Thursday, January 16, 2014

Economic Danger Signs - 2014

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Joke: a big investor asks his friends "How's business".  They smile and say "Couldn't be better!"  So, the investor sells all his stocks because if it couldn't be better - it can only get worse!

The current economic recover is pretty anemic nationwide relative to other historical recoveries and yet has some signs of (yet another) bubble.  Lost in all the discussion of increased development in Sunnyvale is whether all these new buildings will be filled.  It is quite a boom at the moment and after a boom you get an inevitable bust.  Some charts and discussion of where we are now below:

Standard 12-month Stock P/E (Price/Earnings ratio) going back to 1900 is in the upper range.
Chart of the Day

Yale economics professor Dr. Shiller is famous for his work on the Case-Shiller housing price index which is also back up:

(Begin update 1/22/2014) Are home prices in the SF Bay Area at unsustainable bubble prices?  I drew some crude trend lines on the above chart to determine very roughly the long term lower and upper bounds.  See below:

The lines diverge because the vertical axis is in normalized absolute values so a 20% drop in 1990-1995 doesn't look as dramatic as it does in 2008-2009.  The lines are crude but suggest that we may be at, or a little beyond, the upper bound for housing prices, though as 2005-2006 shows, they can certainly go higher. In the event of a decline, single family housing prices in south Sunnyvale will likely not drop as much as the overall SF Bay Area but they could take a while to rebound to their current value (the chart is NOT adjusted for inflation).  Note that someone buying an average house in the SF Bay Area at the peak in 1990 had to wait about 10 years for the price of their home to get back to what they paid for it - again NOT adjusted for inflation.  (end update 1/22/2014)

The most recent version of this chart for SF and 20 other cities is here:

Stock earnings adjusted for inflation are at 2007 credit bubble highs which were the highest since 1900:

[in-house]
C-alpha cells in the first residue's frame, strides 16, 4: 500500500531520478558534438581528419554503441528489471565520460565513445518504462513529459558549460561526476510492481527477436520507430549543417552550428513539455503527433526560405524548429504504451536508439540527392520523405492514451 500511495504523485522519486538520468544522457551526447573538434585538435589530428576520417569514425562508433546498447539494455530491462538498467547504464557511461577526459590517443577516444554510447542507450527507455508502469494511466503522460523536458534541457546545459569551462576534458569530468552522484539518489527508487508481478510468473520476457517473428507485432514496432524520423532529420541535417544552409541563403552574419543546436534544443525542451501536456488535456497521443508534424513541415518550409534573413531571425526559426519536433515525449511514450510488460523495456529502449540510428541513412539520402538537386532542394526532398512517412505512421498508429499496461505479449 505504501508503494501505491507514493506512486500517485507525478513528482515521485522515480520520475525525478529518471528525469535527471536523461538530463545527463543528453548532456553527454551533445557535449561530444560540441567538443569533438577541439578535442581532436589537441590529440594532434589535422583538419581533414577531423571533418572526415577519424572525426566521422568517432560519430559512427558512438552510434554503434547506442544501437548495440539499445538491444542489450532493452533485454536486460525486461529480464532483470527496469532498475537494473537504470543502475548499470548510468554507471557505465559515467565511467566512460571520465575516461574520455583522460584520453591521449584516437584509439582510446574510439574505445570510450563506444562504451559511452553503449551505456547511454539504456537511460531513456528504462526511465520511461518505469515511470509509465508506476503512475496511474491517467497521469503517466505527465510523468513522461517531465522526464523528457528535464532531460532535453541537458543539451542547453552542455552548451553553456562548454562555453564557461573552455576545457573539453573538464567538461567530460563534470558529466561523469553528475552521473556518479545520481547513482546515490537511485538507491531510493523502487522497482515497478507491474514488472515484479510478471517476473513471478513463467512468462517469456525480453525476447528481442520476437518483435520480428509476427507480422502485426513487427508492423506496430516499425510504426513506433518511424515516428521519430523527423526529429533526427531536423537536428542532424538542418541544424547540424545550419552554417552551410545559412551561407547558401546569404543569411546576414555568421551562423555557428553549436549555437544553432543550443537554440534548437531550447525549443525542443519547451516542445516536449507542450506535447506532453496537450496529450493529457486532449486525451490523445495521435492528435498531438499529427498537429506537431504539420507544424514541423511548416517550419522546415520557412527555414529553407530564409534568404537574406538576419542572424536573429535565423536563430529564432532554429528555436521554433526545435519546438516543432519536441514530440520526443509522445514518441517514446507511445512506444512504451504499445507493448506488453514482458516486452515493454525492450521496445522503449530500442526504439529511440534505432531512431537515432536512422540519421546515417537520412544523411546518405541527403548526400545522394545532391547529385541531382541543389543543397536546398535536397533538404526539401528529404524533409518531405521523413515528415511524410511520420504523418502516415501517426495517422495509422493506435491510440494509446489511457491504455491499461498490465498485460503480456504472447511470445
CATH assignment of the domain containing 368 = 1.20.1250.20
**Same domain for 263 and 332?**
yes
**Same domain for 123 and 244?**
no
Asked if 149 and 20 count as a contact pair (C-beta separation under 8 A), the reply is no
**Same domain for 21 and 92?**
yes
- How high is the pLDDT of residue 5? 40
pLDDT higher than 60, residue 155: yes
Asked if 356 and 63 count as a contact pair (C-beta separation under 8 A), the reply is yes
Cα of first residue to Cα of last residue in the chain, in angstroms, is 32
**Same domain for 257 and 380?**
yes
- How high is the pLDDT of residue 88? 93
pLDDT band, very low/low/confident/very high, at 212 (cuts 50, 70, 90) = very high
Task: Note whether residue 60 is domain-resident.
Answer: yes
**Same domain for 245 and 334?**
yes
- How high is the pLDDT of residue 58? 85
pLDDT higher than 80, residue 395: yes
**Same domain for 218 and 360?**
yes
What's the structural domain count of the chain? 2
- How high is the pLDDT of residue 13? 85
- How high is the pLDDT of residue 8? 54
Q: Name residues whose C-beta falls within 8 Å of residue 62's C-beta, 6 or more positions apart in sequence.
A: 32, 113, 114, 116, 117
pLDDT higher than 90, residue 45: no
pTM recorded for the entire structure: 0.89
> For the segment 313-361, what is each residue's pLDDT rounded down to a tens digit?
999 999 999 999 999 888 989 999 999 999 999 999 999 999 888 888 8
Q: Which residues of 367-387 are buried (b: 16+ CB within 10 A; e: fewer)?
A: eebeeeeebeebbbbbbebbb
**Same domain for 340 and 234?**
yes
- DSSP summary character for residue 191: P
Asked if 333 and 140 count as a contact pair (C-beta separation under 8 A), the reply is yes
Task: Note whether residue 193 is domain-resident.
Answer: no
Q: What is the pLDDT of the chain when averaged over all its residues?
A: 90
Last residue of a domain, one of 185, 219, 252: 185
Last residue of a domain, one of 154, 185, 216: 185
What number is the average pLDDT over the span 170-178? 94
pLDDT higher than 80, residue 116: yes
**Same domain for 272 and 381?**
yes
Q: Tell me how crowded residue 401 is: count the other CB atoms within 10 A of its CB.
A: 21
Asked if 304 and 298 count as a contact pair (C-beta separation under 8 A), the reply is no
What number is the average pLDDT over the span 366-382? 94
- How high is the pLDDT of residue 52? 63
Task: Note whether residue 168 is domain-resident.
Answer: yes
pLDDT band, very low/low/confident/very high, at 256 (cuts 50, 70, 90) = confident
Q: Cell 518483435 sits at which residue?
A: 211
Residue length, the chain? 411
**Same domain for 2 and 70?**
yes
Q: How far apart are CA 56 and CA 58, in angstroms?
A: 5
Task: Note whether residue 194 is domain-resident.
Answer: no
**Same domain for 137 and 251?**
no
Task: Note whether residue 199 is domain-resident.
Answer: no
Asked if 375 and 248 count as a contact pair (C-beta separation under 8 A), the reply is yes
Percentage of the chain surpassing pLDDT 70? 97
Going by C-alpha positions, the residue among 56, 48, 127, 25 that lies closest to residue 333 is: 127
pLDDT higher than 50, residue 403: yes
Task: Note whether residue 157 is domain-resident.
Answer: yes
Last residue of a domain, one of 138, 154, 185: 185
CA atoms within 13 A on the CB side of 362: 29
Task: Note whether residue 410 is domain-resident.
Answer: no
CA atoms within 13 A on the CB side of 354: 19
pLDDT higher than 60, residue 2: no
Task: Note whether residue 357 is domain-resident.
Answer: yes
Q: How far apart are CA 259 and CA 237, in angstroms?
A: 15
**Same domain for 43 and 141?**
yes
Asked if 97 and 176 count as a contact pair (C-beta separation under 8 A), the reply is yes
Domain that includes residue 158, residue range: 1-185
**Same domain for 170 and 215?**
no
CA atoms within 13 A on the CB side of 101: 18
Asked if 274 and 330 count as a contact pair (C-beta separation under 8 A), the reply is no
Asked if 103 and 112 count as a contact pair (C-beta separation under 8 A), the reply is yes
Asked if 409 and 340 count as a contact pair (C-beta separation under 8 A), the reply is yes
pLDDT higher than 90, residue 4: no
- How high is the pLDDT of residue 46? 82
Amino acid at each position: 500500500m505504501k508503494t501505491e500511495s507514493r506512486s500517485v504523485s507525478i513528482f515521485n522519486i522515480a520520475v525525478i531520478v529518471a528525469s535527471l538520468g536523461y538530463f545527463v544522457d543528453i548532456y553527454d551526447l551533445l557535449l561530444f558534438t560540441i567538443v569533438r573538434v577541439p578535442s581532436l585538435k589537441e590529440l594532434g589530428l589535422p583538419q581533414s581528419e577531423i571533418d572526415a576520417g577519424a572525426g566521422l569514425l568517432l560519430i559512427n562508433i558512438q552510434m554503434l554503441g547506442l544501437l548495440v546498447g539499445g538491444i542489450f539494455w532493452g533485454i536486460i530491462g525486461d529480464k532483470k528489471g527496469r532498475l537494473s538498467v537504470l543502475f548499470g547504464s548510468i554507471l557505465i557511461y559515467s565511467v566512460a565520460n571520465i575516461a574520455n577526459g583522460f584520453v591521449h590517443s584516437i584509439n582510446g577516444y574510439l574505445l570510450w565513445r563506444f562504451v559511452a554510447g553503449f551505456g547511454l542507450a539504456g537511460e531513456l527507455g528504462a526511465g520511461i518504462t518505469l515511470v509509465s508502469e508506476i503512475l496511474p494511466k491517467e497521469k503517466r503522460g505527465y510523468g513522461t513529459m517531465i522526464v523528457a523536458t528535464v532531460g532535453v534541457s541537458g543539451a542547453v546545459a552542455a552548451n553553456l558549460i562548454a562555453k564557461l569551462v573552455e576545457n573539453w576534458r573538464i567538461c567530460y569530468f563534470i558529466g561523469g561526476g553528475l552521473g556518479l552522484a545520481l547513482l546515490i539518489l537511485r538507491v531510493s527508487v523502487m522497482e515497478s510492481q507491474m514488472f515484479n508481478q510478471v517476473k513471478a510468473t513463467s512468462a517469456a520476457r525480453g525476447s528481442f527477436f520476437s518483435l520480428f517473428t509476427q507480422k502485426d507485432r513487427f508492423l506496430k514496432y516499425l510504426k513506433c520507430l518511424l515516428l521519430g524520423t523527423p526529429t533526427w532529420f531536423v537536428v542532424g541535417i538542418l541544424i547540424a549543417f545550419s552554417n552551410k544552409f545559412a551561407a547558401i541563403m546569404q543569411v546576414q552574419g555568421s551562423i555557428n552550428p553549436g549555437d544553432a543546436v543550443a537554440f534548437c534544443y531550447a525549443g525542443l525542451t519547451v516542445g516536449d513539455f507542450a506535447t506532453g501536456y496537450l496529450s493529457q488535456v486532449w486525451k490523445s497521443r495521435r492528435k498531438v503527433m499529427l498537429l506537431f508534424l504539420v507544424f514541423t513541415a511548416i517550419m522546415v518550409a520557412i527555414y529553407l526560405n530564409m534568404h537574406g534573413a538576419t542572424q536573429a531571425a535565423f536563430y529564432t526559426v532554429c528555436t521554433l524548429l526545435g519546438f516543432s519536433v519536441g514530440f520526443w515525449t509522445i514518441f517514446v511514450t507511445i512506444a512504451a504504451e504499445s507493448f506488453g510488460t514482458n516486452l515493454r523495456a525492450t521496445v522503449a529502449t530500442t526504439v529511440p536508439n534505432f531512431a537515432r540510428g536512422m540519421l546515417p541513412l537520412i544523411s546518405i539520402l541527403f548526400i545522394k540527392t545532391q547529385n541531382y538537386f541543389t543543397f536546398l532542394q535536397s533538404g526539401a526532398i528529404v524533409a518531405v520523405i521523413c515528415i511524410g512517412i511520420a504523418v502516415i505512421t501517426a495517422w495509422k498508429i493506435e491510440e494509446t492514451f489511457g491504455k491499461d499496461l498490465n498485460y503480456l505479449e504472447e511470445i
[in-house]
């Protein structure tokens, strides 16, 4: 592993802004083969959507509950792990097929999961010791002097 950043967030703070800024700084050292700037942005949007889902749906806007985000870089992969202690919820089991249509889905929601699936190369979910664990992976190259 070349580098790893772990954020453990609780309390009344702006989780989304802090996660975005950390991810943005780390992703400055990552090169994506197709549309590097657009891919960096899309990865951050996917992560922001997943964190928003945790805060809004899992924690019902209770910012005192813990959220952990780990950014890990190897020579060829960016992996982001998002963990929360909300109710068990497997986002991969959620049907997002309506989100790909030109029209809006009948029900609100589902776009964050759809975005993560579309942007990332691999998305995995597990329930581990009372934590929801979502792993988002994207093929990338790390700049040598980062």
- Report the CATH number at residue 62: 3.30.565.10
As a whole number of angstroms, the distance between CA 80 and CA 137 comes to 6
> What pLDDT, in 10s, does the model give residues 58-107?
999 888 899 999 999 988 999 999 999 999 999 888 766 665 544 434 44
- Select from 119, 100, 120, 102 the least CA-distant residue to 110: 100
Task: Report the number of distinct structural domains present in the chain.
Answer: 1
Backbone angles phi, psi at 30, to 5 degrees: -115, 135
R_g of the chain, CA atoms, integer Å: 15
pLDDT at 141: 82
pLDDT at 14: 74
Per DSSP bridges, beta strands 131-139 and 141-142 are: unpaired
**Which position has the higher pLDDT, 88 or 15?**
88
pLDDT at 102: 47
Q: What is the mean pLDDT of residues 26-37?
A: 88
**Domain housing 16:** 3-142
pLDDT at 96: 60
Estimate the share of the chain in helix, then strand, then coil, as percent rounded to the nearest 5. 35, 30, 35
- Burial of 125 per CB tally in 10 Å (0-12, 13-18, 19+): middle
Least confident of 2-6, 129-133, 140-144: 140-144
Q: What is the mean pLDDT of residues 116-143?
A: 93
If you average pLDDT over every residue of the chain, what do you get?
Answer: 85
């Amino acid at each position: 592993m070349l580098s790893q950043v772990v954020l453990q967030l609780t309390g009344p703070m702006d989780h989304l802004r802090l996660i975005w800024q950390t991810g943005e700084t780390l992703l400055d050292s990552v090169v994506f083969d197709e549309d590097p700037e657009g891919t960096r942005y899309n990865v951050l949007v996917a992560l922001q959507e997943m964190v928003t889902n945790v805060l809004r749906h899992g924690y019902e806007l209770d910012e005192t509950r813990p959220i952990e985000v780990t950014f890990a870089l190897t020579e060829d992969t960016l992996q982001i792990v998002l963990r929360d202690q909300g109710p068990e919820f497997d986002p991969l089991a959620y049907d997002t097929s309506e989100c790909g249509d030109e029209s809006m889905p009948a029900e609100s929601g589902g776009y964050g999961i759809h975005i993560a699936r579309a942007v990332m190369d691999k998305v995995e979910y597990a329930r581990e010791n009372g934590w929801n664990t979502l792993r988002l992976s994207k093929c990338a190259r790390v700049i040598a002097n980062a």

Chart of the Day
Available at:

Yale economic professor Dr. Robert Shiller - best known for his book "Irrational Exuberance" predicting the 2007-2008 stock and housing collapse - won the 2013 Nobel Prize in Economics for his work in pricing assets (housing and stocks).  He said recently (December, 2013): "I am not yet sounding the alarm. But in many countries stock exchanges are at a high level and prices have risen sharply in some property markets," Shiller told Sunday's Der Spiegel magazine. "That could end badly," he said.  "I am most worried about the boom in the U.S. stock market. Also because our economy is still weak and vulnerable," he said, describing the financial and technology sectors as overvalued.

Dr. Shiller is famous among economists for his Cyclically Adjusted Price Earnings (CAPE) charts going back to the latter part of the 19th century.  His chart shows us very near bubble territory.  For more about Shiller, a graphic of his CAPE P/E chart, and a few other warning signs see here:

Shiller PE Ratio Chart
The most up to date Shiller P/E Chart:

Mid-term election years tend to be below average for stocks:
Chart of the Day

On the plus side, all the governments are on the lookout for any bubbles, and ready to act.  Whether they act sensibly or in time is another issue.  We could avoid a crash and just meander on in the current slow and anemic (some say jobless) recovery.

1 comment:

  1. Local housing tends to be very "local" in nature. Even in Sunnyvale, the recent real estate "crash" was barely felt in the southwestern side of the city. (It seems that sales volume dried up, but prices remained fairly constant.) On the north side, however, values experienced a drastic drop.

    I do think prices are heavily influenced by the stock market here. However, the influence is much more due to the local stocks, rather than the aggregate market. Over the past year, LinkedIn, Apple, Yahoo and Google have seen huge stock increases. All are located within 10 miles of 94087. Netflix and Facebook are also close. And there were a large number of local companies that have recently IPO'd (the largest IPO market since 2000). This is what fuels the local real estate market. The current frothiness of the market seems to combine some aspects of the housing bubble and dot-com bubble. However, with the high cost of housing, there will need to be a significant cash component to be able to afford housing, even with low interest rates.

    As for filling housing units, demand still outstrips supply, with both rents and house prices increasing. If housing gets built it will likely get filled. There may be a switch between owner-occupied and rental if it makes sense. However, there would be too much money to make to leave it vacant. We are lucky in that most of the new housing projects are moderate sized and being developed by different companies. Thus, it is less likely that we will see a repeat of the downtown Sunnyvale fiasco where one developer over-extended and stalled in development.